Sales leaders are always trying to balance between sales effectiveness and sales productivity. If a poll was conducted what would a CEO prefer, a productive sales force or an effective sales force? In my experience the most successful sales leaders and people care little about sales productivity. Anyone with even a few years experience in sales management will know that real sales people move to a different beat. They are a different animal, and not just because some of them like fast cars, expensive shirts or the latest Smartphone, no, the reality is real successful sales professionals are more goal focused than the average sales person. In fact the most successful sales people will constantly work more than 40 hours a week to make a sale or win a new customer to beat their target.
The measure of productivity is “the output of a worker divided by the time is required to achieve the output “, while a nice metric in sales it is not that really applicable in most sales organisations. I argue that sales people or a sales force cannot be measured in the same way as a factory worker, software developer or accountant.
Let me explain further, if for example, the IT department bring in a new system that reduces software coding time by 20% it takes a developer to code then it is reasonable to expect that the developer will produce an extra 20% more lines of code and the software teams output might go up proportionately.
When it comes to sales, when a tool is introduced that should save a sales person a few hours a week or measured as % of their working week – then it could be reasonable to think that they should be able to increase their sales by ten or twenty percent. But that is just not the case as has been proven by the mass adoption of CRM systems as real sales productivity has not improved.
Freeing Up Sales Peoples Time Does Not Increase Sales
You see, unlike the IT and coder example if a company introduces a solution to help sales professionals do the dreaded monthly expense reports faster, what do you reckon the typical sales person will do with the extra time the business has saved him or her?
A poll of ten senior sales leaders I know gave the following quotes in reply to the above scenario – they will takes longer lunches – play more golf – spend more time at home – relax a little more. None mentioned they believed the sales force would improve productivity.
The reality is that the successful goal focused sales person is already working as many hours as it takes to nail or over achieve their targets. Saving them time simply makes them more “productive” as in they achieve the same sales output but in fewer hours. In management speak, the sales professional’s time spent working is flexible, meaning it is adjusted by the very productivity measures or tool companies have introduced to increase productivity. A zero sum result.
Could Phone based or Inside Sales be an Exception?
The above observations are mostly to do with customer facing sales people. But let us discuss the inside sales people especially in light of the growth in SaaS models. The role of a typical phone based agent is to make 60 to 80 calls a day, so you would think that say a dialler that enabled them to increase their dials to 66 or 88 calls a day (10% sales productivity boost) would yield higher results, right?. Not always!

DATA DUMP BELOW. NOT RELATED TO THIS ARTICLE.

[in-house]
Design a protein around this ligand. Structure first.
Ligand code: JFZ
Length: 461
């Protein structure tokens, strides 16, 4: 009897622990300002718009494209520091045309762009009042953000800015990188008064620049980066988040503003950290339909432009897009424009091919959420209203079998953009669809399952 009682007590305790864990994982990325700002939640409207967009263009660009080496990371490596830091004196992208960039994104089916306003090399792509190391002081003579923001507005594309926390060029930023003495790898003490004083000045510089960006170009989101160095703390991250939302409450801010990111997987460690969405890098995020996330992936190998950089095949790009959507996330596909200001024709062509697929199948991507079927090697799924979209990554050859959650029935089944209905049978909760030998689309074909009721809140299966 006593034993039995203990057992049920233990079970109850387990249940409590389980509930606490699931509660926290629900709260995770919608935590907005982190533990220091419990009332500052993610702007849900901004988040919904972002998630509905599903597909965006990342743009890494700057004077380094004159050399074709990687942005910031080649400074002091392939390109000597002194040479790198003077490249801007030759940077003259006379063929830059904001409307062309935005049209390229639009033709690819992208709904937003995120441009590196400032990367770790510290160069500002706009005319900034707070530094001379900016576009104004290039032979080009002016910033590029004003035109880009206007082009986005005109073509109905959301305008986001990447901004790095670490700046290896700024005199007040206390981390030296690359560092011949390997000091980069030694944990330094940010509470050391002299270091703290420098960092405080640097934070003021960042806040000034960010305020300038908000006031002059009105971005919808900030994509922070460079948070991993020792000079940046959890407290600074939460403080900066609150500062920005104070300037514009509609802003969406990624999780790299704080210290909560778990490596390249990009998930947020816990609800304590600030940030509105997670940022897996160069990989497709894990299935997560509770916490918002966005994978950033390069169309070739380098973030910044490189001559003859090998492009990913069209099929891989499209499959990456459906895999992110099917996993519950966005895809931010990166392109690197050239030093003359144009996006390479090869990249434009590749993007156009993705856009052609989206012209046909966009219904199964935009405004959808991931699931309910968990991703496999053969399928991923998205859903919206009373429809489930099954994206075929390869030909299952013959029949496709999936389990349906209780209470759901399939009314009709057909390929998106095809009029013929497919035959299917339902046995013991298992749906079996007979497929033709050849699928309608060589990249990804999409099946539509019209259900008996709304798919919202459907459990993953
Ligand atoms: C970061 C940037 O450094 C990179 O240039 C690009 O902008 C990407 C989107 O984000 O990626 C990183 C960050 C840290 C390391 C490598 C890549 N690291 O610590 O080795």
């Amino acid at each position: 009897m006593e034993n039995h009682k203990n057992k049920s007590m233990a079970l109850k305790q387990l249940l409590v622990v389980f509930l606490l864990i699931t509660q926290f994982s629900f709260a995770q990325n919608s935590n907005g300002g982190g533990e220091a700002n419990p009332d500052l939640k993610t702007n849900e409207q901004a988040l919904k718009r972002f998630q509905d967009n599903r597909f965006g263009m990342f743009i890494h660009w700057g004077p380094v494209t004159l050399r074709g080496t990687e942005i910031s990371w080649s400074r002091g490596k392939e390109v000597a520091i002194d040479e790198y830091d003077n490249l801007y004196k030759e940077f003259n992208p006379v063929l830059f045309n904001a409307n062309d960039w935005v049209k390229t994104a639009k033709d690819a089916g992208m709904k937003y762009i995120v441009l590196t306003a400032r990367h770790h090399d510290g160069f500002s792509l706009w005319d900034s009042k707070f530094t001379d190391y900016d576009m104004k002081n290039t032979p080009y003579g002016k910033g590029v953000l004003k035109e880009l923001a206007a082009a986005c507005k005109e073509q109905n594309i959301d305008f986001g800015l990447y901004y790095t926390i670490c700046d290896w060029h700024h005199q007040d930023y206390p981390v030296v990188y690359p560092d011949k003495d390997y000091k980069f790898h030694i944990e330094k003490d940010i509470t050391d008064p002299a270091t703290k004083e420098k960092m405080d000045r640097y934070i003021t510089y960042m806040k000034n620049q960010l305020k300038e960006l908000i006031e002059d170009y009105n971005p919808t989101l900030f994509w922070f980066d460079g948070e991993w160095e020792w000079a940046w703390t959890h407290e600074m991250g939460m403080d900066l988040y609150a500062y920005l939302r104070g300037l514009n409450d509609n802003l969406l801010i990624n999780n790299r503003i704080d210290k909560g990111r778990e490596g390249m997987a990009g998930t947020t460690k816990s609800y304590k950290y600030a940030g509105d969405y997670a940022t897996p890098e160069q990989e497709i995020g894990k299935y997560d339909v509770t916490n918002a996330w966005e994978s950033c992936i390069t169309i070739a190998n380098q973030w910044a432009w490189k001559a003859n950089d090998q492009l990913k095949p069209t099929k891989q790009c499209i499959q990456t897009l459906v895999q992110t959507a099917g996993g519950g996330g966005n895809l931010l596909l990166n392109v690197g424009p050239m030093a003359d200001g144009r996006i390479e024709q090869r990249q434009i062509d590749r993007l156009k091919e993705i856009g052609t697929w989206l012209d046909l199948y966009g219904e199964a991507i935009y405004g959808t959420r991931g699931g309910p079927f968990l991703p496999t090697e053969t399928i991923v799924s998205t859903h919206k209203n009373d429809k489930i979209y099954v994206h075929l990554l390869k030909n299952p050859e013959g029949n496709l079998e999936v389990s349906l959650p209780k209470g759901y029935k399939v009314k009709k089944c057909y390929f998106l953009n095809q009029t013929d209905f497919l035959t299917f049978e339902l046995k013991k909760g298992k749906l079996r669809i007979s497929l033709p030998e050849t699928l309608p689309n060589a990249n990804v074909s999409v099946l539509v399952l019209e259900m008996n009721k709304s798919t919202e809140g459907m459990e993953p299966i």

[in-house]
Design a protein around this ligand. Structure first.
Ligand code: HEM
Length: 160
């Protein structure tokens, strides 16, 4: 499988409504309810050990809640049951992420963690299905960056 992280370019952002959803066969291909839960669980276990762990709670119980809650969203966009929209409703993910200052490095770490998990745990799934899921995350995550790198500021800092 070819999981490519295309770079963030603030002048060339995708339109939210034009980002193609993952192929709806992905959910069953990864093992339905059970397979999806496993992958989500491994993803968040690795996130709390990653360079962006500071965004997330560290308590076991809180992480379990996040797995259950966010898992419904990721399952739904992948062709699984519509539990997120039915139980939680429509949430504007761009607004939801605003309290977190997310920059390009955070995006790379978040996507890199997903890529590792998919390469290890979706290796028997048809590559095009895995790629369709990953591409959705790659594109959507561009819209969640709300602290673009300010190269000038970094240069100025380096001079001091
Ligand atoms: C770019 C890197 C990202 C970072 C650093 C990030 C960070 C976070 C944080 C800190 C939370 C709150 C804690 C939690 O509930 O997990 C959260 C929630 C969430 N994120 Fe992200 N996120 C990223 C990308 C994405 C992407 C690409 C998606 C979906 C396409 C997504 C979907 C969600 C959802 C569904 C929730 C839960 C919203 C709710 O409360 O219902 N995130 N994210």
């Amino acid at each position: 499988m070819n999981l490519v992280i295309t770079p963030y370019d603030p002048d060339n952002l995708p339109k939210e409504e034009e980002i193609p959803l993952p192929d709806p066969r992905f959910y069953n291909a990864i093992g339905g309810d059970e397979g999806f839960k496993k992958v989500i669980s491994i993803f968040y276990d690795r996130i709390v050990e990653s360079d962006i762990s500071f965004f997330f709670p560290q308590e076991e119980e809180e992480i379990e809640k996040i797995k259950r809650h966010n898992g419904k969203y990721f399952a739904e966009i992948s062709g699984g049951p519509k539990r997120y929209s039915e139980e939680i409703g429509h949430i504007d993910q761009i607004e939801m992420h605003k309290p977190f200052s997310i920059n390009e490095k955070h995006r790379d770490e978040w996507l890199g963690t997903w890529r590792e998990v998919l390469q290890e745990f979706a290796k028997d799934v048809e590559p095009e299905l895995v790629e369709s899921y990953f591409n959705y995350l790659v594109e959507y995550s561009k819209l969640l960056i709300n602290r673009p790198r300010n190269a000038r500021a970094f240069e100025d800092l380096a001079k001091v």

Let me explain why not in more detail. In a typical selling day, in making “the call quota” the inside sales person might have 6 or 7 good decision maker conversations and then generate one or two real opportunities for the sales pipeline from these conversations.
Next increase the above numbers by the 10% productivity boost and you get approx. 0.7 more sales conversations per sales person, and maybe 0.2 more qualified opportunities. Yes, I hear you say because if you spread this out over a large inside sales force, these numbers should average out to more opportunities, but often do not. Another reality check! Inside sales productivity has not improved in over 20 years despite huge investments in technology and systems.
Why is this so? Much the same reason as for the customer facing roles, sales people are goal focused and as every good sales manager understands that four deals with a 25% probability do not equal one deal with a 100% probability in the eyes of a sale person.
Sales Effectiveness, Not Sales Productivity Is the Answer
Introducing new systems and time saving technology that reduces non selling work is valuable for any sales force. At a minimum it will increase their job satisfaction and engagement levels plus over time it can impact an additional sale or two per sales person. However, I have firsthand experience of companies who time and time again fail to justify costly sales force automation tools because of the over reliance on increasing sales productivity as a KPI.
Sales people want to be more effective in sales situations. Their focus is not about working less or more, it is on winning more deals.
So to drive sales effectiveness for serious revenue gains, companies and sales leadership should
- Enhance Integration of Marketing, Sales and Service –Smarketing
- Improve the Customer Experience at All Touch Points
- Strengthen the Sales Methodologies and Sales Process
- Bring more Science to Hiring and Talent Acquisition
- Ensure Better Outcomes from Sales Technology
- Sharpen Focus on Goals and Customers through Agile Selling
In the new era of selling, sales leaders and management will be rewarded for taking a more holistic approach to sales effectiveness across the entire sales force including strategy, process, incentives, talent acquisition and growth, roles and sales training. At the crux of this focus to drive more revenue is delivering a consistent and excellent customer experience that blends sales, marketing and service to sell more dynamically while providing the brand promise to meet the customers ever more demanding expectations